The Happiness Issue
YOUR CAREER | Perks that work

Perks that work

Free and low-cost ways managers can boost morale.



By Jenny Jedeikin

With the economy in a three-plus year slump, U.S. companies have had to scale back tremendously on the lavish perks they once used to lure employees to work longer and harder. But now that in-cubicle shoulder massages and gourmet meals have been taken off the company ledger, what perks can savvy employers offer in the current fiscal environment to engage and retain a weary workforce without spending all the profits?


“When it comes to the subject of perks, it’s really all about creating an environment where employees feel valued,” says Cindy Ventrice, author of Make Their Day: Employee Recognition that Works. “Whether it’s a perk or simple recognition, people want to feel that their employer cares about them.” And according to Ventrice, there’s a lot managers can do to satisfy that need, without spending a fortune.

Flexibility is cheap

In a recent study conducted by Ventrice, she found that the top priority for all workers across the board among perks is to have some degree of flexibility in terms of their telecommuting and time off. “Time flexibility makes people feel that they are really valued because there’s a trust component that comes along with it,” explains Ventrice. “When you telecommute, the employer trusts that you don’t have to be babysat to do your work.” And with today’s laptops and online office meetings, it’s possible for an employee to work from virtually anywhere.

Flexibility doesn’t just have to be telecommuting, says Ventrice. “Flexibility can also mean an employee gets a certain amount of ‘get out a jail free’ time to attend kid’s sporting events or what have you,” she adds. And unlike other perks, which may appeal to one age group more than another, Ventrice finds that the flex-time perk works across all ages. “When I did my generational study, it didn’t make any difference whether I was talking to a generation Y or a baby boomer, they were all interested in some form of flexibility,” she says.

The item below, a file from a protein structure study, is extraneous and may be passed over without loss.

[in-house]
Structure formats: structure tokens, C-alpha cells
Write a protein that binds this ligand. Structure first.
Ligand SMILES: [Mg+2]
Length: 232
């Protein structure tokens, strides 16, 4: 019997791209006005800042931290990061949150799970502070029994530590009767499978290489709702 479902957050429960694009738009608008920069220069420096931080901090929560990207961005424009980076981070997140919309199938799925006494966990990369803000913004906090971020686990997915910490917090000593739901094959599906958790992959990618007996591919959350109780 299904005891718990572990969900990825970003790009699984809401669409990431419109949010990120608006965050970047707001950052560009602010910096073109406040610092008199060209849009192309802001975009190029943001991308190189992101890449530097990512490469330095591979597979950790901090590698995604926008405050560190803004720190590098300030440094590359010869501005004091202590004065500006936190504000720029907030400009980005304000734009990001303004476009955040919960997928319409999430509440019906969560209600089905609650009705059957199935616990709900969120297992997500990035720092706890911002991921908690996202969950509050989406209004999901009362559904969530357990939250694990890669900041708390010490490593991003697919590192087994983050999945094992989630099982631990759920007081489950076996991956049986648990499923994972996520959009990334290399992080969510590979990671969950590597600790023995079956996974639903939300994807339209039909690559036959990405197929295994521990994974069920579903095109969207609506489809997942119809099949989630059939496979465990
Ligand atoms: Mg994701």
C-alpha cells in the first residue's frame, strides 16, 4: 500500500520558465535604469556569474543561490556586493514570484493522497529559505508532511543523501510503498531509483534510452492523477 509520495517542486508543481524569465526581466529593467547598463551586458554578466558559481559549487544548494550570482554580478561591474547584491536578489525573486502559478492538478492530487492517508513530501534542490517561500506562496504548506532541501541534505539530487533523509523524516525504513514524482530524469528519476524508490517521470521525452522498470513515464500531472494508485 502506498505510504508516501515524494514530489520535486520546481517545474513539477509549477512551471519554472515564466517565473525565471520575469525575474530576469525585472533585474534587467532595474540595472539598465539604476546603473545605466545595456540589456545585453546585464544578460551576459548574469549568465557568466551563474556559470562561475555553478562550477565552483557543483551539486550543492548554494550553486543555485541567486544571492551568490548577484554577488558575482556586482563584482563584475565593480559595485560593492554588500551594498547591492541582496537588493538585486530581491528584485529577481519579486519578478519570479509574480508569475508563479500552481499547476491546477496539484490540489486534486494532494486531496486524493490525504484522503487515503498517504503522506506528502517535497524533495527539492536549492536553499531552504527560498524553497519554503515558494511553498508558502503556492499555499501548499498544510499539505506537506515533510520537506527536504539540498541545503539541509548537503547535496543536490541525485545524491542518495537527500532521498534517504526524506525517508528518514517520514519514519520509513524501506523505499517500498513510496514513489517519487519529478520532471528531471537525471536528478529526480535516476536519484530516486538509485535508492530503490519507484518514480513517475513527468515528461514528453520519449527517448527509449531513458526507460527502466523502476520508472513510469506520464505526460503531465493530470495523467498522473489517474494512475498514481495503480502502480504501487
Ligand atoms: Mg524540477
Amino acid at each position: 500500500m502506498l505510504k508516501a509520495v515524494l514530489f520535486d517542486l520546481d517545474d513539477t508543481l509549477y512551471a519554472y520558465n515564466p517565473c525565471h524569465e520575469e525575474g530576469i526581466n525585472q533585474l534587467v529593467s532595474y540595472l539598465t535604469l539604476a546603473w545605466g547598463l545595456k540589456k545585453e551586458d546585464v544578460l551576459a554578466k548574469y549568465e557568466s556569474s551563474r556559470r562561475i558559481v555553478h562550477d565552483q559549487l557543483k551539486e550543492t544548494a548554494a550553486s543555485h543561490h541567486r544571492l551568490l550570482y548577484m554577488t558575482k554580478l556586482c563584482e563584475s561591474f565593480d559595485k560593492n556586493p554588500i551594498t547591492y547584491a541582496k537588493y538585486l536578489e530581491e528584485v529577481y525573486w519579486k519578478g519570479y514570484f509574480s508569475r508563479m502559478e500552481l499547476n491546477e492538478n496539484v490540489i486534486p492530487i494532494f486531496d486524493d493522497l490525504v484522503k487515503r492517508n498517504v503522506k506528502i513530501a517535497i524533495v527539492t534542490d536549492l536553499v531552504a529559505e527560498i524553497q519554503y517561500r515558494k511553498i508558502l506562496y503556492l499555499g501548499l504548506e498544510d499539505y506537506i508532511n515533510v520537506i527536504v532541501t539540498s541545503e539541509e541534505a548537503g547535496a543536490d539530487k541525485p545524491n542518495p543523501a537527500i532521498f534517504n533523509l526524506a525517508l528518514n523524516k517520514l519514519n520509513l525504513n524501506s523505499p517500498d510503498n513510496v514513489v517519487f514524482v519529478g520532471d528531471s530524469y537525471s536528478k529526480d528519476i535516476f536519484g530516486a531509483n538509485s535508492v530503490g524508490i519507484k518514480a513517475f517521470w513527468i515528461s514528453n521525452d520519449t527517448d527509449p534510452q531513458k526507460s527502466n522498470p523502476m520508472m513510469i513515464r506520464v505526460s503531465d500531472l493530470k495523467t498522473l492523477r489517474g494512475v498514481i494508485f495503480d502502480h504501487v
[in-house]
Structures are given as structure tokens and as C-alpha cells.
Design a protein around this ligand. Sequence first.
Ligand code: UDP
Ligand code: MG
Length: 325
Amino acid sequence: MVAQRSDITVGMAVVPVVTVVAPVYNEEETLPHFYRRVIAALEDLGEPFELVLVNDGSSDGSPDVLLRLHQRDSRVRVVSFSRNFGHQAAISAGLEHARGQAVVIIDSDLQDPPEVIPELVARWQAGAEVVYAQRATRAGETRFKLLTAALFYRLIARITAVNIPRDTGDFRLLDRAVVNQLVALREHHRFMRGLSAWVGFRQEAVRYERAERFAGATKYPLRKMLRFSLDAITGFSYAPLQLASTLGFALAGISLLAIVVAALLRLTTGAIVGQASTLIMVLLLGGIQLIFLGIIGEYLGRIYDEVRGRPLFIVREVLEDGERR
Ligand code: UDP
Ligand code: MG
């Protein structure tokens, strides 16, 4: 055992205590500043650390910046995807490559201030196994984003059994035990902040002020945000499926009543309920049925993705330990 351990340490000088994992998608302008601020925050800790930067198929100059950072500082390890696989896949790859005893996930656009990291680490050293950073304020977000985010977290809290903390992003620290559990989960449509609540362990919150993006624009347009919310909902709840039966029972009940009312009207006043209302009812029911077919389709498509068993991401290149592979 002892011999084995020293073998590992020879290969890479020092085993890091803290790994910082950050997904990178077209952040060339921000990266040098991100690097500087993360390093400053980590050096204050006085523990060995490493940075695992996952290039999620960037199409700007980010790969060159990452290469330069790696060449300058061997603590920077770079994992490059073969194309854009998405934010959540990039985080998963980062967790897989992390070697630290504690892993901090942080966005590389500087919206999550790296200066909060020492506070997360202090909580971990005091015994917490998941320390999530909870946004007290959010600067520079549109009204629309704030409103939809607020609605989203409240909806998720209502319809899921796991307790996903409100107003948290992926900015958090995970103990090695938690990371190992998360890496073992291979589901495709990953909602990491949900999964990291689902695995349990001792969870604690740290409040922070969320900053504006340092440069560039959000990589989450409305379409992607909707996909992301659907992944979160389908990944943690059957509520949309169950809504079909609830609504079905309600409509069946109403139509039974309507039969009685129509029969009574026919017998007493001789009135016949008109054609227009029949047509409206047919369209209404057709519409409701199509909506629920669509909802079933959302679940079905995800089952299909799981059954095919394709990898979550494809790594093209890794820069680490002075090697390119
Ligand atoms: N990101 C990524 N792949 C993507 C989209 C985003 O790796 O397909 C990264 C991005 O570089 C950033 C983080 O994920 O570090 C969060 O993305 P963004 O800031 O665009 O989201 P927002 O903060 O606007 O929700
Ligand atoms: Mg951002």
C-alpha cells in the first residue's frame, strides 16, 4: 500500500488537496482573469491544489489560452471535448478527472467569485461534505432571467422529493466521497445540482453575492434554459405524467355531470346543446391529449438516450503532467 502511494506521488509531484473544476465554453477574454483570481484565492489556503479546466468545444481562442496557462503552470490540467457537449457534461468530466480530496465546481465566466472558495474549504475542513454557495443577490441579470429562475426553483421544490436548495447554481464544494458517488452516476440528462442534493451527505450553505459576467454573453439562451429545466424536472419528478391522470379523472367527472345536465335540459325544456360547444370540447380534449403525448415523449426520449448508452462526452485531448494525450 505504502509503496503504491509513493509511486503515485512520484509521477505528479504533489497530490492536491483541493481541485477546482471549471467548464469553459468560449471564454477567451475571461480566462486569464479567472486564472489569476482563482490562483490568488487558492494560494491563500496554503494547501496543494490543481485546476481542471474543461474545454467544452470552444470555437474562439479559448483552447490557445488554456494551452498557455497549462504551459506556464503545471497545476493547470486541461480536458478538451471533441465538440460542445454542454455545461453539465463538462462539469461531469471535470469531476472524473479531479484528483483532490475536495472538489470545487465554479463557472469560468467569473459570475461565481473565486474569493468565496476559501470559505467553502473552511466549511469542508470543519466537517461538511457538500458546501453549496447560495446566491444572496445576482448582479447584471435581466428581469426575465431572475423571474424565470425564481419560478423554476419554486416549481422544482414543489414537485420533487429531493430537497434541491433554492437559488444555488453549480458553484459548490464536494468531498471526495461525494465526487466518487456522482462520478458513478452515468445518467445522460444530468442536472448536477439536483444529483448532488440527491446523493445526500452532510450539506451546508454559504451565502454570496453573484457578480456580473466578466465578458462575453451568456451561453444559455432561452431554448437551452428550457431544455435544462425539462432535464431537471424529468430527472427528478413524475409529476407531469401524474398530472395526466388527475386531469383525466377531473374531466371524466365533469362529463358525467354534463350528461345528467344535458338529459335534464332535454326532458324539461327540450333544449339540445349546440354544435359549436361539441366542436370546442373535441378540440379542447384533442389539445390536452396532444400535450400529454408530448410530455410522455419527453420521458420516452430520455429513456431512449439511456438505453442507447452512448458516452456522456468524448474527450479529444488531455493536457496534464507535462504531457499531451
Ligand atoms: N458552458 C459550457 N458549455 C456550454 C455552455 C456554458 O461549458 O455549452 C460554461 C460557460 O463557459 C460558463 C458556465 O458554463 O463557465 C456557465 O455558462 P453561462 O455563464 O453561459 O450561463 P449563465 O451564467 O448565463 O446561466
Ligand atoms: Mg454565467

Do-it-yourself perks

When it comes to designing low-cost perks within the office, Ventrice advises that it’s best to bring the employees in on the decision-making process, so they feel like their needs have been taken into consideration. “In the better companies, they sit down and tell employees their budget and ask what’s important to you,” Ventrice says.

The Happiness Issue
YOUR CAREER | Perks that work

An engineering firm Ventrice recently consulted asked its employees to help design an effective work environment. “The employees really wanted to create work spaces where people could collaborate comfortably together,” says Ventrice. “They came up with these treadmill stations and scattered them throughout the offices. The treadmills had platforms so that people could put their laptops on them and work and work out at the same time.” During certain hours of the day, everyone is in an environment where people around them are working alongside each other rather than being in their cubicle. This means there is conversation and collaboration going on, which was important to that company.

If treadmill stations seem expensive, there are cheaper ways to achieve a comfortable work environment, “where employees can collaborate and bond, such as game rooms,” says Ventrice. She has seen Nerf guns and little Nerf soccer setups sprinkled around offices, for instance. “If employees are allowed to create their work space however they want to,” says Ventrice, “that’s going to make them more comfortable; so they get more work done.”